Sneak Peek at Neechi’s new place

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This article was published 19/12/2012 (3641 days ago), so information in it may no longer be current.

After much planning and even more construction, managers of the new Neechi Commons are preparing to throw open the doors to the establishment.

Neechi Commons, a 30,000-sq. ft. grocery store and restaurant complex in the city’s North End, is nearly ready to open. A select group of visitors were granted access to the new store, which is still under construction, during the Social Purchasing Portal’s holiday shopping tour on Dec. 13.

Neechi Commons will house a grocery store and restaurant, which will both utilize locally-produced food, as well as an art store. Project manager Russ Rothney said the art store will feature a variety of aboriginal products, including mukluks, dreamcatchers and paintings, as well as books and music by aboriginal creators.

Photo by Darren Ridgley Louise Champagne, president of Neechi Foods Co-op Ltd., stands inside the nearly finished Neechi Commons. Neechi Commons will include everything from a grocery store to a restaurant to an art store, encompassing a multitude of services under one roof. It is expected to open in January.

“We expect this will be the number one aboriginal cultural store and centre in the city,” Rothney said.

The art store’s very creation has been an effort of community artists. April Raintree author Beatrice Cullen, Rothney noted, is one of the carpenters working to install shelving in the art store.

Rothney said Neechi officials are planning for an opening date of Jan. 2, although they had originally hoped to be open before Christmas.

“We’re very optimistic, but we’re sad we couldn’t get opened before the Christmas season, but there’s incredible excitement both among our staff and in the neighbourhood. We’re feeling very buoyant,” he said.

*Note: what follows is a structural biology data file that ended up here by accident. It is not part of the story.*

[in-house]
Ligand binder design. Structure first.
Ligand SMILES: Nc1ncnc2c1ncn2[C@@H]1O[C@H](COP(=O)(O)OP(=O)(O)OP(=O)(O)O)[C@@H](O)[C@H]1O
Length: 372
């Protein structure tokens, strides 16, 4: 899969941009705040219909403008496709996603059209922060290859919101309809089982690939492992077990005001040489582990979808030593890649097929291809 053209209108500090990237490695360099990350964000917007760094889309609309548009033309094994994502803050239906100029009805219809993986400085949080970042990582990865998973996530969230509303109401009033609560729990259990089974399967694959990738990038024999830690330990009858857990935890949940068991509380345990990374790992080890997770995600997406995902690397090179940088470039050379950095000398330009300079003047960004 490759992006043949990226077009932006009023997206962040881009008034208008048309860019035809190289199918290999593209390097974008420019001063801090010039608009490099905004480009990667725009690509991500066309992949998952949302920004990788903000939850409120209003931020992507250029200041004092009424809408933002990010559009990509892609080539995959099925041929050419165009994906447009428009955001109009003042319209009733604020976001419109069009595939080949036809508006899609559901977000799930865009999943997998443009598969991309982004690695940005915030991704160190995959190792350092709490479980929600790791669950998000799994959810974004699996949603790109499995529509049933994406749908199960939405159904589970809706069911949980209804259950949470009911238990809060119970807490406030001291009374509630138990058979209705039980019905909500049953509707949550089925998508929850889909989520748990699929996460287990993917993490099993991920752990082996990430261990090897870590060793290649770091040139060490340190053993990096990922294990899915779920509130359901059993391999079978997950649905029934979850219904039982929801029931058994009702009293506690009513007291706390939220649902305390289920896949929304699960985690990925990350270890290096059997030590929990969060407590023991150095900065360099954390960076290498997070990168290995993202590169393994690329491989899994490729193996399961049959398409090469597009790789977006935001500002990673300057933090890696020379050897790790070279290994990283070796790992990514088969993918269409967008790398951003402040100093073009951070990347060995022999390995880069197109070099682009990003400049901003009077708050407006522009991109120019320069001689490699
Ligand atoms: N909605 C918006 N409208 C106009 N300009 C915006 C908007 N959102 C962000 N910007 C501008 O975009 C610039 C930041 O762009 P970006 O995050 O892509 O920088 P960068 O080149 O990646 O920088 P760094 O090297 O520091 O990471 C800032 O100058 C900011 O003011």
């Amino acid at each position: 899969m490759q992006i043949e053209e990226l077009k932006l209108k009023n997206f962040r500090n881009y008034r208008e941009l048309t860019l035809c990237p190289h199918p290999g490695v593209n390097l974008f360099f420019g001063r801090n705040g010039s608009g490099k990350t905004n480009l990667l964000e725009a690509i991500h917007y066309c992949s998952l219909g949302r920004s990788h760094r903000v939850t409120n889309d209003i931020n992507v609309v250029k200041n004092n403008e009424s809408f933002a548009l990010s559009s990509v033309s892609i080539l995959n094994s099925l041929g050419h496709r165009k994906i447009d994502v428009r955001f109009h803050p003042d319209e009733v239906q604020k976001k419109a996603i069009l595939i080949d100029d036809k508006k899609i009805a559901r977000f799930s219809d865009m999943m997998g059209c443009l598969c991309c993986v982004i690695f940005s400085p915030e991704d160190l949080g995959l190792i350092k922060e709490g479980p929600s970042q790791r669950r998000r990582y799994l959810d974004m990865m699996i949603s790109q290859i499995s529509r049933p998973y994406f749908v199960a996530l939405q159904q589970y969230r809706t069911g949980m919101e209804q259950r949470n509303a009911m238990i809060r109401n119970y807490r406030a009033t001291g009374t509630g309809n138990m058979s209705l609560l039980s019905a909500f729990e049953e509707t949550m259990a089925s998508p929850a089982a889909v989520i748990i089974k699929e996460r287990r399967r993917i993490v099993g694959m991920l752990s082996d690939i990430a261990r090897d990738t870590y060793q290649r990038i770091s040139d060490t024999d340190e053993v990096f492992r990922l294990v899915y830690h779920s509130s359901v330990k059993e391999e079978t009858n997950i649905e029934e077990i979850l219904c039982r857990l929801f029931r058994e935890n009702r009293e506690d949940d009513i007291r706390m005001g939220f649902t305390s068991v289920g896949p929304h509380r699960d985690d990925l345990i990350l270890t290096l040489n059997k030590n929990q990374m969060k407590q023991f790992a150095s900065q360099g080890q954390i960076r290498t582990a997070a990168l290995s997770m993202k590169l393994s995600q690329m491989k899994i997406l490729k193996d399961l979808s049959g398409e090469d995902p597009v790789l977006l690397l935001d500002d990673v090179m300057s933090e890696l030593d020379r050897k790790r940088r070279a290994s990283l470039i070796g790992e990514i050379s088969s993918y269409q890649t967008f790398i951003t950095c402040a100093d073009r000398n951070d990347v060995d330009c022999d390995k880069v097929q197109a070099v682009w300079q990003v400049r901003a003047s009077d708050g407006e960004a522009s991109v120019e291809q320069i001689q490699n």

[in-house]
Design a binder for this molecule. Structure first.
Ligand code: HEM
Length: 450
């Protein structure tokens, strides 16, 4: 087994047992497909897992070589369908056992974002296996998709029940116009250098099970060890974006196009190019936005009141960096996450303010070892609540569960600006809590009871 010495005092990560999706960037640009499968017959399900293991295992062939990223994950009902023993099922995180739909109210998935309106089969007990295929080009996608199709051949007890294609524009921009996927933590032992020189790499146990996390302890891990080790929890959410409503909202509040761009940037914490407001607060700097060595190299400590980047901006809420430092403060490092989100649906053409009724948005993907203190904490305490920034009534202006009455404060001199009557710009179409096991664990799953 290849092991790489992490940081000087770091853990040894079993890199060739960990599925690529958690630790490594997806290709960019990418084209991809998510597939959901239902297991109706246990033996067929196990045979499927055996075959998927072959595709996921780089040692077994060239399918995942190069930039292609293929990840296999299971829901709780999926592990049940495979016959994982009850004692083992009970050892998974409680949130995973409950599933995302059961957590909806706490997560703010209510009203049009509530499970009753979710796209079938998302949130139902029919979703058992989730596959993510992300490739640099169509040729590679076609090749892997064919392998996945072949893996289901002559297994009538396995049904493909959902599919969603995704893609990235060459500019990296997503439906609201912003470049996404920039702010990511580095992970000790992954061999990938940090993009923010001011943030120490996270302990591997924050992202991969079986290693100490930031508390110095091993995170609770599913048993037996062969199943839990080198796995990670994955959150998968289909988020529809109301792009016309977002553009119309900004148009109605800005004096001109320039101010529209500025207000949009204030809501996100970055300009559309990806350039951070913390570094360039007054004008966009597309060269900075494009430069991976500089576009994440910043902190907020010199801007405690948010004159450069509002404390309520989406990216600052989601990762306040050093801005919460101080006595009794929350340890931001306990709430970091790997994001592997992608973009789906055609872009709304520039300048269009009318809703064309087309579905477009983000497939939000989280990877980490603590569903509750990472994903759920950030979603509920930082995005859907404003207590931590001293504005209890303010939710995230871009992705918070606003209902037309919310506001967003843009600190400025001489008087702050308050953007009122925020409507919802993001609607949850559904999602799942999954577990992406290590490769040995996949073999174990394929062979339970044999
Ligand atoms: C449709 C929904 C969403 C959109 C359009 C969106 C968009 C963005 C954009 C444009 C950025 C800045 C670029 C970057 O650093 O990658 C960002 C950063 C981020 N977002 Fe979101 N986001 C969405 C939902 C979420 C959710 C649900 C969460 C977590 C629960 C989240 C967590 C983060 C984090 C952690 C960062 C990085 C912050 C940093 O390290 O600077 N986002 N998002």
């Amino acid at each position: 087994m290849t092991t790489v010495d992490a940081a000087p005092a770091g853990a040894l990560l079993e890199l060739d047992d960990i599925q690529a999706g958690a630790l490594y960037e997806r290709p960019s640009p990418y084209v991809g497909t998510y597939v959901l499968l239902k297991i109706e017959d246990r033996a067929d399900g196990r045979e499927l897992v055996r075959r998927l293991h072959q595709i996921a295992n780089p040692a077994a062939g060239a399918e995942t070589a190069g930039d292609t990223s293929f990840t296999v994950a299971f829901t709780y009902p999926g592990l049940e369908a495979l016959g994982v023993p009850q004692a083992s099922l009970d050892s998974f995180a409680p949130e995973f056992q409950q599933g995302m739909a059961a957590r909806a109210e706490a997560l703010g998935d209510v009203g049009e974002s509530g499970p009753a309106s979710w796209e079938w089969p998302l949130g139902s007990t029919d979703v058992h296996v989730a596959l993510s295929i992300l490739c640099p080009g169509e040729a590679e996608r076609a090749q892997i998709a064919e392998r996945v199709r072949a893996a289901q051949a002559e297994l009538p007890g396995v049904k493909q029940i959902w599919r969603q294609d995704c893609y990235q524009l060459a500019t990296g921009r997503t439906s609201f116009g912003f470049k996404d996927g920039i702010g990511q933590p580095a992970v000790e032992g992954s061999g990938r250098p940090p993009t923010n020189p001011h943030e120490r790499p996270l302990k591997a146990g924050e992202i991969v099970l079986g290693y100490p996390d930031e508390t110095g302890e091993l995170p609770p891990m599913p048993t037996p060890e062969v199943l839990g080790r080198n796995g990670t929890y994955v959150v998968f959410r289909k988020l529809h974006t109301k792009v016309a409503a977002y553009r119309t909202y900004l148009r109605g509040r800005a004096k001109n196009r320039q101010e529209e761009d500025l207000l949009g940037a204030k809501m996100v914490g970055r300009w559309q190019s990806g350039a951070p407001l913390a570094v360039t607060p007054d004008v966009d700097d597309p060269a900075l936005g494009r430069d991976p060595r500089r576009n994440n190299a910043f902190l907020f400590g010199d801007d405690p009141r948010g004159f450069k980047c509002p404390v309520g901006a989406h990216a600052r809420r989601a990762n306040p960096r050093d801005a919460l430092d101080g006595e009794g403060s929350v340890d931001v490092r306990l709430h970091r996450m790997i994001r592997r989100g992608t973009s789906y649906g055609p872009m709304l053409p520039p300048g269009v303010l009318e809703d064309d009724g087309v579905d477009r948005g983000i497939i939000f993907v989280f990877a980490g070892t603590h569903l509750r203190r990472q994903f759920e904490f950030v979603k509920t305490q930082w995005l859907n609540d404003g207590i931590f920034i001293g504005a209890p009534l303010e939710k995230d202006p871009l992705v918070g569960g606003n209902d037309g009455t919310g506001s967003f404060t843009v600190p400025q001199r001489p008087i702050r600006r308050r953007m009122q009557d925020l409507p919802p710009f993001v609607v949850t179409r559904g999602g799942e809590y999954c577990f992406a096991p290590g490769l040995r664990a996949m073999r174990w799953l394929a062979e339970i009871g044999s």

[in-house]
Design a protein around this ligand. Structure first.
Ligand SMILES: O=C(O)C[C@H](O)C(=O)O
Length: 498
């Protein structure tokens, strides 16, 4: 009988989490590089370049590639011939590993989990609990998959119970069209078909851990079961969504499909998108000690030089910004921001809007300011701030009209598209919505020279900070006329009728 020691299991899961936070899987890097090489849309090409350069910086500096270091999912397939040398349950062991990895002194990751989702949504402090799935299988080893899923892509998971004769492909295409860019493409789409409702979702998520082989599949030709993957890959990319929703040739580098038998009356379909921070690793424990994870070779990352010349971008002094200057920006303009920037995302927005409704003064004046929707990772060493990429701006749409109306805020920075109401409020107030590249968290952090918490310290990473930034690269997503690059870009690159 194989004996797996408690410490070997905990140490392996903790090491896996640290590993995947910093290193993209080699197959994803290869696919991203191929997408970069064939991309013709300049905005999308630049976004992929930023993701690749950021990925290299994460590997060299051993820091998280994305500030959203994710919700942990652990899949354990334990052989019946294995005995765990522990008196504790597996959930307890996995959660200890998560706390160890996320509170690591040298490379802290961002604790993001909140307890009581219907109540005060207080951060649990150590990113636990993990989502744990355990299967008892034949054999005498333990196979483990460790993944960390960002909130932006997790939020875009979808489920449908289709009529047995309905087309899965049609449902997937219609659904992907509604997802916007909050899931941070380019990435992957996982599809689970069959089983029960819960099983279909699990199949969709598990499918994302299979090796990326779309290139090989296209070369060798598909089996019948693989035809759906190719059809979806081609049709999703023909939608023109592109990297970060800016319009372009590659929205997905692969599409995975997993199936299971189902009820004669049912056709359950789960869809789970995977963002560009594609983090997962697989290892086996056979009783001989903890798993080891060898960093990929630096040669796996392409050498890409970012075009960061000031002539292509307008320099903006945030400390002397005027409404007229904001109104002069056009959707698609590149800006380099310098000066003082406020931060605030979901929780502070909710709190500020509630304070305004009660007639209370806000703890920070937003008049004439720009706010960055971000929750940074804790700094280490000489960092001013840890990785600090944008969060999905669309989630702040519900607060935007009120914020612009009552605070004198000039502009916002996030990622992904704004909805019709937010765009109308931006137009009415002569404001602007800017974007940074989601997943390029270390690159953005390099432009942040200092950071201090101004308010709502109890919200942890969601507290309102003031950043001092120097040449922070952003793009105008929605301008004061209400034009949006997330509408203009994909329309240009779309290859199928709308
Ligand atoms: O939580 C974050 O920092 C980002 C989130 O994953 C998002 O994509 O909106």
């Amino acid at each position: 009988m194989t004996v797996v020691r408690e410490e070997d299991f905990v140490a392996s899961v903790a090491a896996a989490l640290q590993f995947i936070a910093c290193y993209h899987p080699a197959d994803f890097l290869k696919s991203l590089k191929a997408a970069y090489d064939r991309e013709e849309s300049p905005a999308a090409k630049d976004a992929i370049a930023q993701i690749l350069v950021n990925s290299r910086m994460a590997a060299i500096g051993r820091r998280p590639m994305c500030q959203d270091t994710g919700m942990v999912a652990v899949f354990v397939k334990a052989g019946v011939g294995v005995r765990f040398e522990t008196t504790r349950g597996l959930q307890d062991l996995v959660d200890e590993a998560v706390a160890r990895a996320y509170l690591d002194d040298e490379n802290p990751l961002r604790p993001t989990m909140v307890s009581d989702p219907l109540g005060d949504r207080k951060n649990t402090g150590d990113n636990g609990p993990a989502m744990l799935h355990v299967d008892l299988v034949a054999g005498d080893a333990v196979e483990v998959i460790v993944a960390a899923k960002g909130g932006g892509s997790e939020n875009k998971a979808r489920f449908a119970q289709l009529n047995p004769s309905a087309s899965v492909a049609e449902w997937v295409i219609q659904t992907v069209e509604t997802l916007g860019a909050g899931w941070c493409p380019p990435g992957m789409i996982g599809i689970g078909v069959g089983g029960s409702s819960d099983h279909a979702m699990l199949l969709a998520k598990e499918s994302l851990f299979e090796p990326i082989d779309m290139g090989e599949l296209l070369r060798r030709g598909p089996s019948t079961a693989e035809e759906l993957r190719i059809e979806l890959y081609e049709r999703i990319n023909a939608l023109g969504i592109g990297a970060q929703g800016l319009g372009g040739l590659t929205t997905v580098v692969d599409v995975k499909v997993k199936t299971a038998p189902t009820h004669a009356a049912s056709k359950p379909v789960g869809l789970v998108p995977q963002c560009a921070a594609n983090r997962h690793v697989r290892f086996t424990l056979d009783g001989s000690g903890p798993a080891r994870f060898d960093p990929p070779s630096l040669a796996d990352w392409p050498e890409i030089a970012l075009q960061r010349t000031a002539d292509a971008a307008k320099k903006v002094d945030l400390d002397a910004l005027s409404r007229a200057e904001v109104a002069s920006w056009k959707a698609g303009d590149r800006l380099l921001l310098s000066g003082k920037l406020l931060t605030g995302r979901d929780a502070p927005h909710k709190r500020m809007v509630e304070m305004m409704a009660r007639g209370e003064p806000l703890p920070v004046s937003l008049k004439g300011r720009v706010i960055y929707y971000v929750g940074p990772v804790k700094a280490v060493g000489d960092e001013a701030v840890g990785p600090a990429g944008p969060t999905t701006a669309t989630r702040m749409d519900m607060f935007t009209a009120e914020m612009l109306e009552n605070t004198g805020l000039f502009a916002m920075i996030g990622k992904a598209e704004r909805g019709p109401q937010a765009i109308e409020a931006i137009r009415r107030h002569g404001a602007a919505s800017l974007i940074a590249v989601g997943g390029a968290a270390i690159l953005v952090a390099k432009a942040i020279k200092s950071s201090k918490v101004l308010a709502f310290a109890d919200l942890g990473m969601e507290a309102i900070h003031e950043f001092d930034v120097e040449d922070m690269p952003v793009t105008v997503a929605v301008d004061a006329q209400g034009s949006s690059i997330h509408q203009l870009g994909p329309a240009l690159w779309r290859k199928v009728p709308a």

Rothney said the commons will do what Neechi Foods Co-op has already been doing for years— housing a little bit of everything under one roof— it’s just doing it bigger and bolder.

“It evolved from that. But it’s all about providing health and human dignity to people,” Rothney said.

“That’s where the artistic, cultural aspect hooks in, with consciousness about local foods. A lot of the local foods featured are traditional foods, whether it’s Manitoba fish or wild rice.”

Louise Champagne, president of Neechi Foods Co-op Ltd., said being located on the east side of Main Street means commuters heading home to north Winnipeg will be in a perfect position to stop in and shop for local products.

But what excites her the most is the potential the place has for changing the community.

“The potential for being a regional food centre, where we buy local as much as possible, and sell to anyone who wants to buy local,” she said.

“We’re creating outlets for a lot of producers here in the region and making that available to the North End… It’s the potential for success, and we really do need more successful models in our society.”

Champagne said Neechi is interested in getting the community involved in a very real way, by offering shares for sale.

“We’re a co-op, we’ve got permission to sell outside of our membership, so we’ve got a public share offering out there,” she said.

“We’re giving people an opportunity to invest here. This is not a charity, it’s asking people to invest their money into an enterprise that turns around and around, and keeps making the local economy work for the local people here.”

Neechi hosted a pair of meetings at the Commons on Dec. 14 and 15 for just that purpose. Members are also encouraging local residents to host their own meetings about getting involved and invite Neechi to come and speak about shareholder opportunities and other ways to get involved.

To contact Neechi, e-mail neechifoods@shaw.ca or call (204) 586-3798.

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